IAEA and nuclear security

The global community must work together to develop HEU transparency guidelines like those that exist for plutonium used in civilian facilities
IAEA and nuclear security

“No system of safeguards that can be devised will of itself provide an effective guarantee against the production of atomic weapons by a nation bent on aggression.” — Harry S Truman

The quote above echoes apprehensions expressed by many disarmament advocates since the dawn of the atomic age that inadequate application of nuclear safeguards remains unable to stop nuclear weapons proliferation or the motivation to build them. Time has proved that the International Atomic Energy Agency’s safeguards could not stop North Korea and other countries from developing nuclear weapons. There are nine countries that possess nuclear weapons today.

The widespread use of fissile material constitutes grave proliferation risks. The dangers of diversion or theft of fissile materials are very high at three different stages of the nuclear fuel cycle: uranium enrichment process, reprocessing of spent nuclear fuels and mixed-oxide fuel (MOX) fabrication in reactor fuel assemblies. MOX plants pose added security risks because of the presence of separated plutonium oxide that can be used to build weapons.

Nuclear facilities in the states that signed the Nuclear Non-proliferation Treaty as non-nuclear weapon states are of primary concern to the IAEA’s safeguards. The general view is that the IAEA’s safeguards system provides effective assurances against the use of atomic energy for military purposes. However, because of the IAEA’s inability to ensure peaceful use commitments by states, the views expressed by Truman are more believable.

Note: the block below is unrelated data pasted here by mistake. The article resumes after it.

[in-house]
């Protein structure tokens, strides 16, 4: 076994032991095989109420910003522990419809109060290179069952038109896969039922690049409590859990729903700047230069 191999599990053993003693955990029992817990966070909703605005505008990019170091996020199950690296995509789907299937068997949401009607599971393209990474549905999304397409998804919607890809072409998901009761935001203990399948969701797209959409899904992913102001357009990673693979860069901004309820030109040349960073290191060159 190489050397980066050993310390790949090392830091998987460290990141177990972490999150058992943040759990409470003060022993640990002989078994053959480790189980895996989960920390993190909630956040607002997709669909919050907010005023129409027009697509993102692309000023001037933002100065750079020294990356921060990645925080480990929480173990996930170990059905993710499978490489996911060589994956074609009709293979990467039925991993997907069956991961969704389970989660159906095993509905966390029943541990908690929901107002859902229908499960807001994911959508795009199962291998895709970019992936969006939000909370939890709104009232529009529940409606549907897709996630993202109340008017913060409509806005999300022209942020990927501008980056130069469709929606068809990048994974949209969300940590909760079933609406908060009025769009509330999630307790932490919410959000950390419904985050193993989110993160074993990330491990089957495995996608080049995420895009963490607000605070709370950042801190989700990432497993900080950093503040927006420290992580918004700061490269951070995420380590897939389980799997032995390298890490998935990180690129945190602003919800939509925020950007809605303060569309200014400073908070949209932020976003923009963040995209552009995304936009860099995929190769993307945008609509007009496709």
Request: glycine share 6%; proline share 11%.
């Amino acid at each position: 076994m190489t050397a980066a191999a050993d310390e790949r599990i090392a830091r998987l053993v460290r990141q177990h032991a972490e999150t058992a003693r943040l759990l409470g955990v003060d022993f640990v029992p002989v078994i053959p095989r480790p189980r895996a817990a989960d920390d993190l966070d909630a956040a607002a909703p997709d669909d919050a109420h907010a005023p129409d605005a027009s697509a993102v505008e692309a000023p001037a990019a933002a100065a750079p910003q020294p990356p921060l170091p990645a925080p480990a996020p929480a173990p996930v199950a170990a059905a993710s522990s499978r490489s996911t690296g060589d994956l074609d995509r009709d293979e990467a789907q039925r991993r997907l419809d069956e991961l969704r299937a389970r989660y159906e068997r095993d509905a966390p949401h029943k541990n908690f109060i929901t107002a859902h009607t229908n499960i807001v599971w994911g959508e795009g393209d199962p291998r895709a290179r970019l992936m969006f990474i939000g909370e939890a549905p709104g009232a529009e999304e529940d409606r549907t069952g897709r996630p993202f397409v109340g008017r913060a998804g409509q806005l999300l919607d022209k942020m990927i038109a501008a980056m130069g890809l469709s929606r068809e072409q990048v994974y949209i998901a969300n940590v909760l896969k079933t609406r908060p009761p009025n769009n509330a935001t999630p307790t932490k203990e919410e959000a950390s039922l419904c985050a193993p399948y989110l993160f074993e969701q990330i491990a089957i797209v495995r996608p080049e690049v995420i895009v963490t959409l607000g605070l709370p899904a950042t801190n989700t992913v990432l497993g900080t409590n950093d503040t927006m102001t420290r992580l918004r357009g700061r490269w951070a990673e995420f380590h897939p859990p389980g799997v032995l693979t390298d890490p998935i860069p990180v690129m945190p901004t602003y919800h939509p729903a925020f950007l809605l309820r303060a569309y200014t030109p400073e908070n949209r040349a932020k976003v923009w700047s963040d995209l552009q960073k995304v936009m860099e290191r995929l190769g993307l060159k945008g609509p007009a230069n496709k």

It is argued that the IAEA’s safeguards can detect any clandestine removal of a ‘significant quantity’ (SQ) of fissile material and prevent its use for nuclear explosive devices. Depending on the type of nuclear materials, the IAEA guidelines adjust the amount that qualifies as an SQ. A number of techniques — detectors, surveillance cameras and environmental samples — are used to obtain information about nuclear materials or undeclared operations of the facilities. However, more than five and a half decades after its establishment, the IAEA has not been able to fulfil its responsibilities even at existing nuclear fuel-cycle facilities effectively. IAEA officials have also acknowledged that they cannot meet the goal of above 90 percent probability of detecting the diversion of fissile materials. So the IAEA has lowered the detection standards, aka the Accountancy Verification Goal (AVG), which can easily be satisfied by current safeguards.

Nuclear safeguards are measures to verify compliance with international obligations, but there have been a number of shortcomings underlying the process, specifically, with regards to the IAEA’s ability to monitor facilities not formally declared by states parties. This has provided potential proliferators with the latitude to continue proliferation at undeclared facilities. Second, countries are allowed to undertake peaceful nuclear activities under the NPT on a good-faith basis. However, because of the voluntary nature of IAEA safeguards, state parties can withdraw from the NPT after having success to all technologies necessary for producing a bomb.

Third, due to limited resources in the past, the IAEA has been applying its verification resources on a proportional basis. Experts believe that this has led the agency to spend most of the resources in countries like Canada, with large nuclear industries, while distracting attention from many other potential proliferators.